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St. Vincent's Medical Center, Bridgeport CT

Breast Biopsy

St. Vincent's Medical Center, Bridgeport CTSt. Vincent's SWIM Women's Imaging Center (203) 576-5500

A breast biopsy removes a sample of breast tissue that is looked at under a microscope to check for breast cancer.

A breast biopsy is usually done to check a lump found during a breast examination or a suspicious area found on a mammogram, ultrasound or magnetic resonance imaging (MRI). 


Breast tissue can be tested in different ways: fine-needle aspiration, core needle and stereotactic biopsies. Our stereotactic breast biopsy program is accredited by the American College of Radiology. 

  • A fine-needle aspiration biopsy puts a thin needle through the skin, into the lump, and removes cells to examine. Needle aspiration may be done to see if the lump is solid or fluid-filled (cyst). If the lump is a cyst, it will go away after the fluid is removed. If there is no fluid, another type of biopsy will be done.
  • A core needle biopsy uses a large needle fitted with a special tip. The needle goes through the skin to the lump or area to take out a sample of tissue about the size of a pencil lead. 
  • A stereotactic biopsy uses a special type of X-ray during a core needle biopsy to find the area of the breast where the biopsy samples will be taken. This technique can check a lump that cannot be felt on breast examination but is seen on mammogram or MRI. A small incision is then made in the skin of the breast, and the core needle is guided by the X-ray to the biopsy site to take tissue samples. Stereotactic biopsy may not be appropriate for all types of breast lumps.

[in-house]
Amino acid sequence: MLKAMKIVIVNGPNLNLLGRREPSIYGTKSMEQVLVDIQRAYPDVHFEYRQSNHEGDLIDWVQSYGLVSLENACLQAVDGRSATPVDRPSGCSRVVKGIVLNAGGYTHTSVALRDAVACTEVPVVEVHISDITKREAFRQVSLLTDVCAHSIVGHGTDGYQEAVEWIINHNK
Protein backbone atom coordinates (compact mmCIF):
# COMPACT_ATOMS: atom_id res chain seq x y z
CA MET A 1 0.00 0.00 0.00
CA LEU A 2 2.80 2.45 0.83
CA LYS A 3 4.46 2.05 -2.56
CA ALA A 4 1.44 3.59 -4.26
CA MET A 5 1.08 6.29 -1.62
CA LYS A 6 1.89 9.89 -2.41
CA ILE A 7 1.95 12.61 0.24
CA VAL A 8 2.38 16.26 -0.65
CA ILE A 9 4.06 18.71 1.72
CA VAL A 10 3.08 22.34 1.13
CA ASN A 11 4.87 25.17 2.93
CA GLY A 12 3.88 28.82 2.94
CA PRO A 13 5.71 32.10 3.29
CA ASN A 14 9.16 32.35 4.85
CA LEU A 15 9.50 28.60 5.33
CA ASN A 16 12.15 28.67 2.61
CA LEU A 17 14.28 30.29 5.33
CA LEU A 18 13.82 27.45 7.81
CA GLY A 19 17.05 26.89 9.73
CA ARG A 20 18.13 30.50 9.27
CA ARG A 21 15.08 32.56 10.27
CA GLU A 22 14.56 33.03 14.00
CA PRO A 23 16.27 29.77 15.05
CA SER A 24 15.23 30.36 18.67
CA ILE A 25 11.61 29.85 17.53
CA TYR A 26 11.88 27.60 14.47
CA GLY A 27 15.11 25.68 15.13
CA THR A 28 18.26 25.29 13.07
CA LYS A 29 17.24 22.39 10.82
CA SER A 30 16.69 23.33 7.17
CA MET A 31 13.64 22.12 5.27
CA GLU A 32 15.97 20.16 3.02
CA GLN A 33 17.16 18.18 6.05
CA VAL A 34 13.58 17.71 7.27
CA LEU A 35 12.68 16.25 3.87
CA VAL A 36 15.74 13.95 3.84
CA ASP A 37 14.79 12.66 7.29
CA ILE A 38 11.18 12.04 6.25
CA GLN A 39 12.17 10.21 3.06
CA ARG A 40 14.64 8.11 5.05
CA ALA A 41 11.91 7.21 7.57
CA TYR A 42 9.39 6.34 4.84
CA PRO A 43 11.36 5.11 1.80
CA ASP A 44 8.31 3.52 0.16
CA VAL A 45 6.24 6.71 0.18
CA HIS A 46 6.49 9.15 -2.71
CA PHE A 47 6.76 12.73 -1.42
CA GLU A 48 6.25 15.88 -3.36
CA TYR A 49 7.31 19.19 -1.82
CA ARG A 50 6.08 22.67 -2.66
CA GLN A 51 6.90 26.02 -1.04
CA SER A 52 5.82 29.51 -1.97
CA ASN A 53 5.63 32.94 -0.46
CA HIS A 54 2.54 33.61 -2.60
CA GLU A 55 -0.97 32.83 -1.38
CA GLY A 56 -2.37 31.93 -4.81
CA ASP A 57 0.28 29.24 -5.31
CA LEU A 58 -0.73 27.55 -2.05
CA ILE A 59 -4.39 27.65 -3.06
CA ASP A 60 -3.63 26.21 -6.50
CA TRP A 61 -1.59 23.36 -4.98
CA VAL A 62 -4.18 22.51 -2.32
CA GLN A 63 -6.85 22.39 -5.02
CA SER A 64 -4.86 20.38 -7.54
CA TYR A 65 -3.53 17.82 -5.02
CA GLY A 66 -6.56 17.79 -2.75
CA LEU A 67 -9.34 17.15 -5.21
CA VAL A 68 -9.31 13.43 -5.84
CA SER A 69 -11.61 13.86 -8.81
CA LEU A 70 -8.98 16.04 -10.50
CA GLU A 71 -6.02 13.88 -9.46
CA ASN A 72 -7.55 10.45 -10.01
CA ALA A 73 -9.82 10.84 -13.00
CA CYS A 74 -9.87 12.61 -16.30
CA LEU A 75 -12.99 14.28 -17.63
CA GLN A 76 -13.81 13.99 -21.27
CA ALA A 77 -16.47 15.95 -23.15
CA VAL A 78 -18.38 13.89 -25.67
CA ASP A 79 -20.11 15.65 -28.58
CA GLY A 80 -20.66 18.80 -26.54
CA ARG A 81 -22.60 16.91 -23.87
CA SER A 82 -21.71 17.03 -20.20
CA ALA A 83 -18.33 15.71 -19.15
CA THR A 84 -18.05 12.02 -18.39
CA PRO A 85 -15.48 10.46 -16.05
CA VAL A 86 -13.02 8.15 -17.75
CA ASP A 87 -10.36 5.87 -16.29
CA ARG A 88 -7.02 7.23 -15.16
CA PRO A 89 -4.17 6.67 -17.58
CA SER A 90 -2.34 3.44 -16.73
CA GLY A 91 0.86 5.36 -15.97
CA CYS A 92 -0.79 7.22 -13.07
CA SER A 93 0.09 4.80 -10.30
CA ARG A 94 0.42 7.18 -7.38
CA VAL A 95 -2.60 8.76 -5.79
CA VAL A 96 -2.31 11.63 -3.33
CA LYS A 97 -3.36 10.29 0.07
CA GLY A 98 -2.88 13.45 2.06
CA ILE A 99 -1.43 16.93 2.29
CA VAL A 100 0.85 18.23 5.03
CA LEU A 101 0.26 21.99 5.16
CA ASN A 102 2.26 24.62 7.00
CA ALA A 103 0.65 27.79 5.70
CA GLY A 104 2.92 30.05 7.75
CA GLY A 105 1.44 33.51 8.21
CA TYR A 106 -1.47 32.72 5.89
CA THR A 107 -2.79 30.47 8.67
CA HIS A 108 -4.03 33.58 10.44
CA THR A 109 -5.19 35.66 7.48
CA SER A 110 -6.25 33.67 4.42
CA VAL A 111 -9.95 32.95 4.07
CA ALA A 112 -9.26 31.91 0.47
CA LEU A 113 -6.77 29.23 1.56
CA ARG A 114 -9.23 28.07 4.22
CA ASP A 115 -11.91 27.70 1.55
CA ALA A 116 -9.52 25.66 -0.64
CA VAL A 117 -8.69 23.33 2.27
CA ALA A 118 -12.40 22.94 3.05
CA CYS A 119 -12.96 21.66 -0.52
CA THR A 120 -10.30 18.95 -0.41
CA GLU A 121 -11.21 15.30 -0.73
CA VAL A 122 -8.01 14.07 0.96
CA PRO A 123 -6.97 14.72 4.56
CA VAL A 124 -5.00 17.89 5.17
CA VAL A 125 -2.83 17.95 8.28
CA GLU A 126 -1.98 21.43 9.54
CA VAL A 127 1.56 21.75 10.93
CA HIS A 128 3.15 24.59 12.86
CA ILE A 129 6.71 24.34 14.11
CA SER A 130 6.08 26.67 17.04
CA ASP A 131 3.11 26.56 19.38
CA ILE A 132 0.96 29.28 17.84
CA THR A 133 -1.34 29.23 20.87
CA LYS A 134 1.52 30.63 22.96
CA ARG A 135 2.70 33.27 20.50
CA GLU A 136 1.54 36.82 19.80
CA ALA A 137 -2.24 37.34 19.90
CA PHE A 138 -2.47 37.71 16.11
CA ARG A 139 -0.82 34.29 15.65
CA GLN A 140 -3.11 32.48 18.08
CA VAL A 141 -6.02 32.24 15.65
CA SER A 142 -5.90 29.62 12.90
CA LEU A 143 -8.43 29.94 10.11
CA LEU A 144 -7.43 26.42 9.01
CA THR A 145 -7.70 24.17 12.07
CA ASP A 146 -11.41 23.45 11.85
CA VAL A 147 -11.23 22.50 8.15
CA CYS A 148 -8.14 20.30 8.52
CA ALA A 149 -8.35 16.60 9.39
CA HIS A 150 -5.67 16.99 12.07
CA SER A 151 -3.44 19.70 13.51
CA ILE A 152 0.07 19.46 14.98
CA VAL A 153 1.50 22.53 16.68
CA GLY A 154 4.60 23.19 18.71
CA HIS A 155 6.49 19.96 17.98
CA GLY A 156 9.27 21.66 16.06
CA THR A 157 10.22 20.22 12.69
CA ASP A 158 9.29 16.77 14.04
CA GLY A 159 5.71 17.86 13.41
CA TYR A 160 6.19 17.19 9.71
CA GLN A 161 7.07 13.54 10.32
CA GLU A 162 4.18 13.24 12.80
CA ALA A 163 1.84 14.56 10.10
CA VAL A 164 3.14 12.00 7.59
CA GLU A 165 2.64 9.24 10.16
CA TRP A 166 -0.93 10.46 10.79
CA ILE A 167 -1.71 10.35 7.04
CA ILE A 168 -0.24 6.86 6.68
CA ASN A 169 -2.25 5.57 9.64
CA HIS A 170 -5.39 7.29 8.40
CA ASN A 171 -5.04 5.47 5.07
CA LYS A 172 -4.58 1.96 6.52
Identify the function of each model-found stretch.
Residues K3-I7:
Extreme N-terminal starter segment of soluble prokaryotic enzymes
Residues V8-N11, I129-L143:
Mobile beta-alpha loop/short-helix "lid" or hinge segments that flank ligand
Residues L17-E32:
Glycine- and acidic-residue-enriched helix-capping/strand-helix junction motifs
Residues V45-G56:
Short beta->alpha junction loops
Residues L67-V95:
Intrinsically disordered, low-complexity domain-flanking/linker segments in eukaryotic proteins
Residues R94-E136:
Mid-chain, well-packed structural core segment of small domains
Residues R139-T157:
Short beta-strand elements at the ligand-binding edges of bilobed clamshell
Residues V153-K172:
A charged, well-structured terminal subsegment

• A vacuum-assisted core biopsy is done with a hollow probe that uses a gentle vacuum to remove a sample of breast tissue. This method may be used for a core needle biopsy or a stereotactic biopsy. Vacuum-assisted biopsy can remove more tissue than a standard core needle biopsy. The single small incision does not require stitches and there is very little scarring.
  • An open biopsy makes a cut in the skin and removes a sample of the lump or the entire lump. If your doctor cannot feel a lump, a small wire can be put in the suspicious area during a mammogram or MRI done just before surgery. The wire then guides your doctor to the suspicious area to take a biopsy sample.
  • St. Vincent’s breast surgeons are trained to perform these biopsies and will order more tests or biopsies if problems are found during the first biopsy or they are concerned about a certain area of your breast.

Contact us

St. Vincent's SWIM Women's Imaging Center (203) 576-5500

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